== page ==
The Triton sea forest, created in 30 locations in the Samcheok-Yeosu area, proves its excellent capability to restore the marine ecosystem and create fishery resources. In fact, investigation at the Triton sea forest in Yeosu revealed that compared to the surrounding general reefs, the Triton sea forest contained 1.9 times more marine life, 1.7 times more water, and 1.3 times more diverse algae.

▲ Various marine algae growing abundantly in the Triton sea forest in Yeosu.

On May 28, POSCO set off to create another sea forest to mark the National Ocean Day (May 31). The new sea forest, created with Triton reefs and Triton sea fertilizers, was installed in Ulleung Island, where the whitening phenomenon was at its peak. For the project, POSCO gathered opinions from the local community and decided to create the sea forest in the 17~20-meter-deep area off the coast of Namyangri. Starting from May 13, 100 A-type Triton reefs and 750 Triton blocks were installed for two days, and on May 28, a ceremony was held to celebrate the creation of a new sea forest amidst the presence of local government officials.

▲ POSCO installing Triton sea forest in Ulleung Island

The sea forest cultivation project is the first Corporate Citizen project of local cooperation to restore the marine ecosystem. The project is expected to expand the food resource for high value-added fish species and also help improve the income of local fishermen. POSCO and Ulleung Island will continue follow-up management — including research of water quality, supplemental planting of marine algae, and exterminating harmful organisms.

Triton Sea Forest can store “Blue Carbon”

Triton sea forest is capable of storing carbon dioxide due to the carbonation of steel slag — its main material — and the photosynthesis of marine algae through which the sea forest can store 10 to 20 tons of carbon dioxide annually per hectare. The carbon dioxide stored in the coastal and marine ecosystem is called “Blue Carbon”.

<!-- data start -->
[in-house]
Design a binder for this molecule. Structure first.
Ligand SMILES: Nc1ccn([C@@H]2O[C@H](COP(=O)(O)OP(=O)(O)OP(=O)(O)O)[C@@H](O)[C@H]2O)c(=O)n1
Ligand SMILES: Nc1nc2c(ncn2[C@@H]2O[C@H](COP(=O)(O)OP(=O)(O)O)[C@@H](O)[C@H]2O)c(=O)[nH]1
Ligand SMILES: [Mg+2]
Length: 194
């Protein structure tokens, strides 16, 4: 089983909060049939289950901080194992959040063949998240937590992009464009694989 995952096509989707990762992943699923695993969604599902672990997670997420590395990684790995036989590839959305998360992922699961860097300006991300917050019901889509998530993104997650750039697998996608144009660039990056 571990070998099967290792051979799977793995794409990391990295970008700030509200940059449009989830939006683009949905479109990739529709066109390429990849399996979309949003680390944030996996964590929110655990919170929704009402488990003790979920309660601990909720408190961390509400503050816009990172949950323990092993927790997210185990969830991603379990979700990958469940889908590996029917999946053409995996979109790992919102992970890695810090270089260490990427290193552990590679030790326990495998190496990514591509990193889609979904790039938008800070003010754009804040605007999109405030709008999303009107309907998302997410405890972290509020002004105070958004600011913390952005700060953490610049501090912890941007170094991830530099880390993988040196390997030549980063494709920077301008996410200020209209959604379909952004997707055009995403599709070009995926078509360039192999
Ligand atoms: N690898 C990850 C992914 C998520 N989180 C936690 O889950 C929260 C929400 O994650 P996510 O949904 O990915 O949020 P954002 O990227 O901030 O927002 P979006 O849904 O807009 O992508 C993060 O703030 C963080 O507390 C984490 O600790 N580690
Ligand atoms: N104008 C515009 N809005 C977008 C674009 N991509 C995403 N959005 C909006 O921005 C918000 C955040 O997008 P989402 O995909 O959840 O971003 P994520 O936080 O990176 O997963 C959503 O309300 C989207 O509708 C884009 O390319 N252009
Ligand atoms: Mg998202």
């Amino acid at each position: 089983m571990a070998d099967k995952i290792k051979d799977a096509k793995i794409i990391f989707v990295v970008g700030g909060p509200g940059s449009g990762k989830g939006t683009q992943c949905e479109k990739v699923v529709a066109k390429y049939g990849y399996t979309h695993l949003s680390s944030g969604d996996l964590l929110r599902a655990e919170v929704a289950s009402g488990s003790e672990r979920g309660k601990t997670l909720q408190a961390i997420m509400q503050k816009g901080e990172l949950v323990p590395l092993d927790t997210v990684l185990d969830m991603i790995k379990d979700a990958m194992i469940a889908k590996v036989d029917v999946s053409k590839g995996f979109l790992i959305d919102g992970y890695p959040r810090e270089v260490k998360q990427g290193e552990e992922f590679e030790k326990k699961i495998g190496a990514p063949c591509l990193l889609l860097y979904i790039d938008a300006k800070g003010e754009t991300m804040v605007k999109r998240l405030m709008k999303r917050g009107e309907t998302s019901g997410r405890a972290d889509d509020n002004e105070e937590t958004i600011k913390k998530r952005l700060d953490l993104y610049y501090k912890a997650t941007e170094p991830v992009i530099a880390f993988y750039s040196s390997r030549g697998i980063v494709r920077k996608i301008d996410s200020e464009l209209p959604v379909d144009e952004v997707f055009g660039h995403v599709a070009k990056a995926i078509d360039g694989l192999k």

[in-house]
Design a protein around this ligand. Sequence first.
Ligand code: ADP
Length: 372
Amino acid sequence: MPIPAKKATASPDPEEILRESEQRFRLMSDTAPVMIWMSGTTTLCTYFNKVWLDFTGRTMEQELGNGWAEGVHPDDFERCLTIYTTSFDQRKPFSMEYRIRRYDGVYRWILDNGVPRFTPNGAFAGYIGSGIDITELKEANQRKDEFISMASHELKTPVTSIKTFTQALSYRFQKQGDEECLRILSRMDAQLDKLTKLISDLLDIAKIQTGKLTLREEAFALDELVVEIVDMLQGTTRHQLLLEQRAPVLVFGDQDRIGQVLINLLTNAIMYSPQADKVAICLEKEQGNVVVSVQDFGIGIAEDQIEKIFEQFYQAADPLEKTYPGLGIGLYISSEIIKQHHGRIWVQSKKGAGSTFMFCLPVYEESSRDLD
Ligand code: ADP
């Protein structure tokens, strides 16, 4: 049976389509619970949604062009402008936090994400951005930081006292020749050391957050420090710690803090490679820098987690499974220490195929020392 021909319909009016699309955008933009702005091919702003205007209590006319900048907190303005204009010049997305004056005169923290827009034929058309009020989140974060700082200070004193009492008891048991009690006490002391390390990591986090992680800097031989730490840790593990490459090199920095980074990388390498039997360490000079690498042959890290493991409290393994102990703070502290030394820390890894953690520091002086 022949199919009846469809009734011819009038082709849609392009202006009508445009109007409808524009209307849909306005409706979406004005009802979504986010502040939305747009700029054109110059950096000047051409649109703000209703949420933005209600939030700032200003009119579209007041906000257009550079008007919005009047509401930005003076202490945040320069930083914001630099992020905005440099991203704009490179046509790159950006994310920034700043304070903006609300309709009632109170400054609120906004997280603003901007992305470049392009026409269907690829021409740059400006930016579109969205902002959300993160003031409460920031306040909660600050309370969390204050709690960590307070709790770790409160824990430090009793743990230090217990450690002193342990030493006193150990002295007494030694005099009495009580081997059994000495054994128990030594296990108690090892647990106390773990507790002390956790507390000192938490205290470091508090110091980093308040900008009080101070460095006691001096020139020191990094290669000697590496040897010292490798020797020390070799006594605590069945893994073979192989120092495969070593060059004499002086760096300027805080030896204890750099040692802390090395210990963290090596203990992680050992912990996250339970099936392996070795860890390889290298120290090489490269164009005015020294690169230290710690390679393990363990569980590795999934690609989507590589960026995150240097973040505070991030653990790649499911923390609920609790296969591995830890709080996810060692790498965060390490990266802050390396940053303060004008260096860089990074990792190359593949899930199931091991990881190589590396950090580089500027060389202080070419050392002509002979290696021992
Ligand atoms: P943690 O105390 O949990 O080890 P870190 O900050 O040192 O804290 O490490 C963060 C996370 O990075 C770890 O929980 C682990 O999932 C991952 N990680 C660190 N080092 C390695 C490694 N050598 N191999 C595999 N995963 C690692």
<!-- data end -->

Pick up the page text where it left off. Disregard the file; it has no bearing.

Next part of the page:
The marine ecosystem has up to 50 times more carbon absorption capacity than the terrestrial ecosystem. The reason why the Triton sea forest is considered as an effective means of blue carbon to prevent global warming lies here. However, since the marine ecosystem is less accessible and more difficult to understand than the terrestrial ecosystem, related studies have been insufficient. POSCO is to conduct scientific investigations on the effect of storing greenhouse gases in Triton sea forests.

Since January 2019, POSCO has been conducting joint research on blue carbon with POSTECH in Odo-ri, Pohang, where POSCO has created a sea forest with Triton reefs. Together, they measure the amount of carbon dioxide dissolved in seawater and analyze the dissolved organic carbon present in marine algae, sediments, and seawater.

▲ A CO₂ monitoring system being installed in the Triton sea forest of Odo-ri, Pohang, in 2016.

Triton reef is the perfect place to observe the blue carbon effect of sea forests because of its durability and ability to nurture a sea forest. The research conducted here is expected to lay the foundation for further studies regarding the effect of storing greenhouse gases in sea forests. POSCO will not stop here, but move on to seek ways to help the steel industry adapt to climate change in the marine sector. As a measure, the company will cooperate with Nippon Steel (Japanese steelmaker) on the blue carbon subject.

‘Building a Better Future Together’ is what POSCO wishes to achieve through the sea forest cultivation project. POSCO will continue on its journey to becoming a global sustainable company, advancing past its title of leading global steelmaker.